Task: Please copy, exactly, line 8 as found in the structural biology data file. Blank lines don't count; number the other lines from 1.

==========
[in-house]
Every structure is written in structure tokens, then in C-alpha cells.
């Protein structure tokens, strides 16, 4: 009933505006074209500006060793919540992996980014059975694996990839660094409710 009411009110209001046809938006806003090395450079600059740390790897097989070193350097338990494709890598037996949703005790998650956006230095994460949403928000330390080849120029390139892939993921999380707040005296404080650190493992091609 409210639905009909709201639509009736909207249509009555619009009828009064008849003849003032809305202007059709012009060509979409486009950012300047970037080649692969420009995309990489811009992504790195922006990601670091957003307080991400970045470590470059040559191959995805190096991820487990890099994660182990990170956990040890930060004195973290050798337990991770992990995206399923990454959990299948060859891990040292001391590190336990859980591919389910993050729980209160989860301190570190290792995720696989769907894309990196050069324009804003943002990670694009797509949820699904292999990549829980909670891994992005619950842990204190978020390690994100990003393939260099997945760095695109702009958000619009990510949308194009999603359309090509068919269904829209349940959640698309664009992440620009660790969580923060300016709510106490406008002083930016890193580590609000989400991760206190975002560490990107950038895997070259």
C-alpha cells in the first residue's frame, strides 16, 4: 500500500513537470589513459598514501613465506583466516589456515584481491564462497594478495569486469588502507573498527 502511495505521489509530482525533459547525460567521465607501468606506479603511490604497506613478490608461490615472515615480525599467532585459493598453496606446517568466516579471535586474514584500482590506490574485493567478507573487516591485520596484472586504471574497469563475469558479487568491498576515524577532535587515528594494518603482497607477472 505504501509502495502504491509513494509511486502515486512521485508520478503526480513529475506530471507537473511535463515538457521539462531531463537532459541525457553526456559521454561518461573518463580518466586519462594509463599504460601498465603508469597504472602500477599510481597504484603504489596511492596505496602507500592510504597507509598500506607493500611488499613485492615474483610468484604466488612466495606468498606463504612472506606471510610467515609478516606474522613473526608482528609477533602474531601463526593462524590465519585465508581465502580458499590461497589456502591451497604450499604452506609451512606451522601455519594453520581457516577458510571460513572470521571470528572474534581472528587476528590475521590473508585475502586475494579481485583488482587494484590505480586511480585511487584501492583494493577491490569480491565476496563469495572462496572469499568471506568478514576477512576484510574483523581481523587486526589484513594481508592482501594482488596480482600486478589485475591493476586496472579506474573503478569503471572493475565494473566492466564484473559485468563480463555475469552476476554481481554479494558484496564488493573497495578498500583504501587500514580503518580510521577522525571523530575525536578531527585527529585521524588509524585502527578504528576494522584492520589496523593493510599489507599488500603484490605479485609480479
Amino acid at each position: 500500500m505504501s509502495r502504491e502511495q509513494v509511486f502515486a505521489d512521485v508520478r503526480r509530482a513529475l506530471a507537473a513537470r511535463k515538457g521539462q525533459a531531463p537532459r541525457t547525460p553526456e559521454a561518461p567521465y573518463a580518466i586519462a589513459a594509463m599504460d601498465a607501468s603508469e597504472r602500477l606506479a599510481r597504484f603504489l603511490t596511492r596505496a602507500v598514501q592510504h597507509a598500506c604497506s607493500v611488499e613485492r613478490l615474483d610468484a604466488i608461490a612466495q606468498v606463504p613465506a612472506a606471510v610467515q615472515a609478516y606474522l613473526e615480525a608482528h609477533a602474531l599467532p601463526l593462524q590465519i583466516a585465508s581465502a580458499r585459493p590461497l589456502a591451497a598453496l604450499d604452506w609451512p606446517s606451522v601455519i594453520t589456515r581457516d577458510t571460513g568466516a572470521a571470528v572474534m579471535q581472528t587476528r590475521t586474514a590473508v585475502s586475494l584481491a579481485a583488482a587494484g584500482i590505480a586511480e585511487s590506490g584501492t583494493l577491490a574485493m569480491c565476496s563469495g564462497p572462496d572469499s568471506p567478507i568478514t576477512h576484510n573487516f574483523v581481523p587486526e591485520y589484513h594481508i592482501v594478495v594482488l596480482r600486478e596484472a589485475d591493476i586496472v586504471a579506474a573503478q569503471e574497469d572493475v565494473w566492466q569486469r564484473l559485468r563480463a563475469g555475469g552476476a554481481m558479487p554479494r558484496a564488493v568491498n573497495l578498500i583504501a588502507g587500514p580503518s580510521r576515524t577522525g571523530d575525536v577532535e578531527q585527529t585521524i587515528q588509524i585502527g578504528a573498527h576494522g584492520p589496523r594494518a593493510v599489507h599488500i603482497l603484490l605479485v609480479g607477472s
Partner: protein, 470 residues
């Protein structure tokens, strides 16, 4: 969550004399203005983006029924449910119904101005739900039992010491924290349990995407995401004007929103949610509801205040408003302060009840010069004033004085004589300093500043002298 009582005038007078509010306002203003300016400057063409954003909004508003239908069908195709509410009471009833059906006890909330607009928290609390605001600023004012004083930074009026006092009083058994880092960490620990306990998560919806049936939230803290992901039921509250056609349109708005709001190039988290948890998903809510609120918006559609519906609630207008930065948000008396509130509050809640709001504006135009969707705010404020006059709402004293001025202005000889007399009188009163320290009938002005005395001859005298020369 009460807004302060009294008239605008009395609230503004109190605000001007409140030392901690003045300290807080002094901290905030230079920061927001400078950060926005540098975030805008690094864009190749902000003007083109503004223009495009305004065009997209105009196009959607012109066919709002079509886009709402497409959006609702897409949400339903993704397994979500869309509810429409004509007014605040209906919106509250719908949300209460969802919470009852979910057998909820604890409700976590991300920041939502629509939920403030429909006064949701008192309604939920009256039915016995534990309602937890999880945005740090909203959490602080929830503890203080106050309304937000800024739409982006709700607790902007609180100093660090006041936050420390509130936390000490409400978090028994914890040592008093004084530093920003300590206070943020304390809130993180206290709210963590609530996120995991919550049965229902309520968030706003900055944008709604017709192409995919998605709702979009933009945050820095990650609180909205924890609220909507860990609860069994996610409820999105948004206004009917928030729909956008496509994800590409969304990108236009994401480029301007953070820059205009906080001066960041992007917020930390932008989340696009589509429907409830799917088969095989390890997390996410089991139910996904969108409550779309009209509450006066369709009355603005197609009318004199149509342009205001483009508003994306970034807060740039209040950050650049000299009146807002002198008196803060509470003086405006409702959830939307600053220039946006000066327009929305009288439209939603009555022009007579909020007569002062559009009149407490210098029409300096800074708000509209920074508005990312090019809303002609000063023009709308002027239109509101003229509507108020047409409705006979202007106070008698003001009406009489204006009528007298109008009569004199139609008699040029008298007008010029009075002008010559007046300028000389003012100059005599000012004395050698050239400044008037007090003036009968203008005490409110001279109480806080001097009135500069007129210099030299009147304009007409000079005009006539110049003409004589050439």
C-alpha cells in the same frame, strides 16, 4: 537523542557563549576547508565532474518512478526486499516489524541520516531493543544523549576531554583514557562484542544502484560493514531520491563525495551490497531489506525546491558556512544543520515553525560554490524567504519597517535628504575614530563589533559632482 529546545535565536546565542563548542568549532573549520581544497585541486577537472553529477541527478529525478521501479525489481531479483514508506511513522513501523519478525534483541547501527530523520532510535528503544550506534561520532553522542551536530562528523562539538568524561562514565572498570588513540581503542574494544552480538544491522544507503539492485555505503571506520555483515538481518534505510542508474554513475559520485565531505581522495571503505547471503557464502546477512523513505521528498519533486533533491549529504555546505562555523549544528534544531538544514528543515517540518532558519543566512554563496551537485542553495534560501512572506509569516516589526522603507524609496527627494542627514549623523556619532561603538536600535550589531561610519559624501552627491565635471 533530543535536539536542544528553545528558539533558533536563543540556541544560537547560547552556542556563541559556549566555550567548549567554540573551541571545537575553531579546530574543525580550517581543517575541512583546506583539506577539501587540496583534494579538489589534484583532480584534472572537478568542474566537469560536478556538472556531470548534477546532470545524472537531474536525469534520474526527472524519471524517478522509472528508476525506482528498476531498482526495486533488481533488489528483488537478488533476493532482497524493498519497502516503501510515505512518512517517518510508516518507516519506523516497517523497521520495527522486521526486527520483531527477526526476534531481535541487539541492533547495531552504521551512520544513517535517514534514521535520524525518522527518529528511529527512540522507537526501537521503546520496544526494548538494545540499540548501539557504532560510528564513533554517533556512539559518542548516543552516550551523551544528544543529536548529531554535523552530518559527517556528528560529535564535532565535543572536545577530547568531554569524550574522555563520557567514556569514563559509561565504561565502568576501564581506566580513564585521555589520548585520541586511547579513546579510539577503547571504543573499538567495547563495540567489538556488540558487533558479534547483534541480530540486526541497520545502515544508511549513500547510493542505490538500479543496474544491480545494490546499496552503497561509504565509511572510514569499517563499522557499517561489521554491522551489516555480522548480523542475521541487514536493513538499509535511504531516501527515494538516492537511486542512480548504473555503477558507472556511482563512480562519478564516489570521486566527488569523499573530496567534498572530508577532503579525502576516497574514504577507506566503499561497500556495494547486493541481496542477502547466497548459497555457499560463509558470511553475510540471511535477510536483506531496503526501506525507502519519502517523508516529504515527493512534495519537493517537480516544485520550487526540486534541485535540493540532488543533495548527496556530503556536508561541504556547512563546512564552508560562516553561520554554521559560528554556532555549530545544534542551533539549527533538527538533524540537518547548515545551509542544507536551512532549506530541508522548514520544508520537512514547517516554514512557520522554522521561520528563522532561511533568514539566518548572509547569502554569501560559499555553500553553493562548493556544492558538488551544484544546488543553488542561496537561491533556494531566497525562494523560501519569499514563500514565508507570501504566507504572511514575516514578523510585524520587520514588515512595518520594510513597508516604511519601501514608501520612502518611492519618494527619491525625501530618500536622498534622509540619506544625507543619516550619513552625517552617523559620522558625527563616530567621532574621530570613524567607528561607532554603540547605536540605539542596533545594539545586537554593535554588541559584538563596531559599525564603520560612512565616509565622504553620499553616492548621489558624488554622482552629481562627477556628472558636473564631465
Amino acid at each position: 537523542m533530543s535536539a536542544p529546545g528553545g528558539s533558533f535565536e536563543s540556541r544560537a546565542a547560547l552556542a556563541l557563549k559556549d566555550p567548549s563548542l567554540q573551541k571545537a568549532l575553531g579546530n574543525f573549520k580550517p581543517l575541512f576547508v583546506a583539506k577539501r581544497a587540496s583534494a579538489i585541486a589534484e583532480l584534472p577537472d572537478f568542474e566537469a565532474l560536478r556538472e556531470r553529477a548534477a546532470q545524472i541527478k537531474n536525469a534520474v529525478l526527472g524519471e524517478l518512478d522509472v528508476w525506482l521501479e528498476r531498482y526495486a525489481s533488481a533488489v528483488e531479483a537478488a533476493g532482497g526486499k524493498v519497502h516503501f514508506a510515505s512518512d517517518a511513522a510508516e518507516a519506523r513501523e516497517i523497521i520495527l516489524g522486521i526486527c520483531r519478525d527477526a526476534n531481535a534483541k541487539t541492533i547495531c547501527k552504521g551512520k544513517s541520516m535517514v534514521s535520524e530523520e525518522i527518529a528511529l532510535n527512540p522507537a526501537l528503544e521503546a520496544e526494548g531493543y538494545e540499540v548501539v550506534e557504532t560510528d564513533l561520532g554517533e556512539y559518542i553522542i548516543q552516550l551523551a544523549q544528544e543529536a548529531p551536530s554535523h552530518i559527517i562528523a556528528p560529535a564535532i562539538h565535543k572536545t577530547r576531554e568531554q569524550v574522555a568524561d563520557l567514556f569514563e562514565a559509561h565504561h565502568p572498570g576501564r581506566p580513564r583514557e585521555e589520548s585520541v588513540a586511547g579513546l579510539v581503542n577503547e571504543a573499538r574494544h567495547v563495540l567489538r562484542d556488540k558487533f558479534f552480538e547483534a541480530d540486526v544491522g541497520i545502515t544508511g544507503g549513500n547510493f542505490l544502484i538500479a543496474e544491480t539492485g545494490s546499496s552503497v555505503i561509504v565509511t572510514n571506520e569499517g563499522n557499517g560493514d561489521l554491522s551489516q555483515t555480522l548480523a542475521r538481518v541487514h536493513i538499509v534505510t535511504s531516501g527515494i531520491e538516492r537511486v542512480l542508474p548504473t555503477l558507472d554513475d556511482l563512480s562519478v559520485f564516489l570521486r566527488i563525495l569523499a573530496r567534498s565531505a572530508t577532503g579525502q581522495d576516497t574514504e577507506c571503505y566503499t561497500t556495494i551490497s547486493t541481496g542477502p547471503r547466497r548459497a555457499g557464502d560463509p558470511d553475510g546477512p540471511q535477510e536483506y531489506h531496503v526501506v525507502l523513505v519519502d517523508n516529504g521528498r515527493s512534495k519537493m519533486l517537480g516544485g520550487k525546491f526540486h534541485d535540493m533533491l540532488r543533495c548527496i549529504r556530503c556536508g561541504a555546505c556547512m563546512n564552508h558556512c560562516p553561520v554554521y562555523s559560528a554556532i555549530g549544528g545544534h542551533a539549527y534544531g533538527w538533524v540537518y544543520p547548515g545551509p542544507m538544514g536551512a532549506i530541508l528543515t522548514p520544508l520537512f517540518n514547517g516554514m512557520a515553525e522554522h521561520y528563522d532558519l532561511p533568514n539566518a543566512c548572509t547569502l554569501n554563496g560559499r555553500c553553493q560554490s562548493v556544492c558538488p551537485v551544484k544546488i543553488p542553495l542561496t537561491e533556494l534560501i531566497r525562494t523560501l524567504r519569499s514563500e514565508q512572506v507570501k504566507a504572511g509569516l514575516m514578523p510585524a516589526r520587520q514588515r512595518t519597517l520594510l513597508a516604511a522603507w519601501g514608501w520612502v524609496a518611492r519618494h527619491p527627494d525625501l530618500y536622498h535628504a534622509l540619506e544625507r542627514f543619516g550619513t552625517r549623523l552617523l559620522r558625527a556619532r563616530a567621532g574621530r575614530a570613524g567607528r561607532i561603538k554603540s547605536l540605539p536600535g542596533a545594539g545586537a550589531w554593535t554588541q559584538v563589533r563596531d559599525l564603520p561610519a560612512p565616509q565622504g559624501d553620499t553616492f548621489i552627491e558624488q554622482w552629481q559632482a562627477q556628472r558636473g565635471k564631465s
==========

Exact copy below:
C-alpha cells in the same frame, strides 16, 4: 537523542557563549576547508565532474518512478526486499516489524541520516531493543544523549576531554583514557562484542544502484560493514531520491563525495551490497531489506525546491558556512544543520515553525560554490524567504519597517535628504575614530563589533559632482 529546545535565536546565542563548542568549532573549520581544497585541486577537472553529477541527478529525478521501479525489481531479483514508506511513522513501523519478525534483541547501527530523520532510535528503544550506534561520532553522542551536530562528523562539538568524561562514565572498570588513540581503542574494544552480538544491522544507503539492485555505503571506520555483515538481518534505510542508474554513475559520485565531505581522495571503505547471503557464502546477512523513505521528498519533486533533491549529504555546505562555523549544528534544531538544514528543515517540518532558519543566512554563496551537485542553495534560501512572506509569516516589526522603507524609496527627494542627514549623523556619532561603538536600535550589531561610519559624501552627491565635471 533530543535536539536542544528553545528558539533558533536563543540556541544560537547560547552556542556563541559556549566555550567548549567554540573551541571545537575553531579546530574543525580550517581543517575541512583546506583539506577539501587540496583534494579538489589534484583532480584534472572537478568542474566537469560536478556538472556531470548534477546532470545524472537531474536525469534520474526527472524519471524517478522509472528508476525506482528498476531498482526495486533488481533488489528483488537478488533476493532482497524493498519497502516503501510515505512518512517517518510508516518507516519506523516497517523497521520495527522486521526486527520483531527477526526476534531481535541487539541492533547495531552504521551512520544513517535517514534514521535520524525518522527518529528511529527512540522507537526501537521503546520496544526494548538494545540499540548501539557504532560510528564513533554517533556512539559518542548516543552516550551523551544528544543529536548529531554535523552530518559527517556528528560529535564535532565535543572536545577530547568531554569524550574522555563520557567514556569514563559509561565504561565502568576501564581506566580513564585521555589520548585520541586511547579513546579510539577503547571504543573499538567495547563495540567489538556488540558487533558479534547483534541480530540486526541497520545502515544508511549513500547510493542505490538500479543496474544491480545494490546499496552503497561509504565509511572510514569499517563499522557499517561489521554491522551489516555480522548480523542475521541487514536493513538499509535511504531516501527515494538516492537511486542512480548504473555503477558507472556511482563512480562519478564516489570521486566527488569523499573530496567534498572530508577532503579525502576516497574514504577507506566503499561497500556495494547486493541481496542477502547466497548459497555457499560463509558470511553475510540471511535477510536483506531496503526501506525507502519519502517523508516529504515527493512534495519537493517537480516544485520550487526540486534541485535540493540532488543533495548527496556530503556536508561541504556547512563546512564552508560562516553561520554554521559560528554556532555549530545544534542551533539549527533538527538533524540537518547548515545551509542544507536551512532549506530541508522548514520544508520537512514547517516554514512557520522554522521561520528563522532561511533568514539566518548572509547569502554569501560559499555553500553553493562548493556544492558538488551544484544546488543553488542561496537561491533556494531566497525562494523560501519569499514563500514565508507570501504566507504572511514575516514578523510585524520587520514588515512595518520594510513597508516604511519601501514608501520612502518611492519618494527619491525625501530618500536622498534622509540619506544625507543619516550619513552625517552617523559620522558625527563616530567621532574621530570613524567607528561607532554603540547605536540605539542596533545594539545586537554593535554588541559584538563596531559599525564603520560612512565616509565622504553620499553616492548621489558624488554622482552629481562627477556628472558636473564631465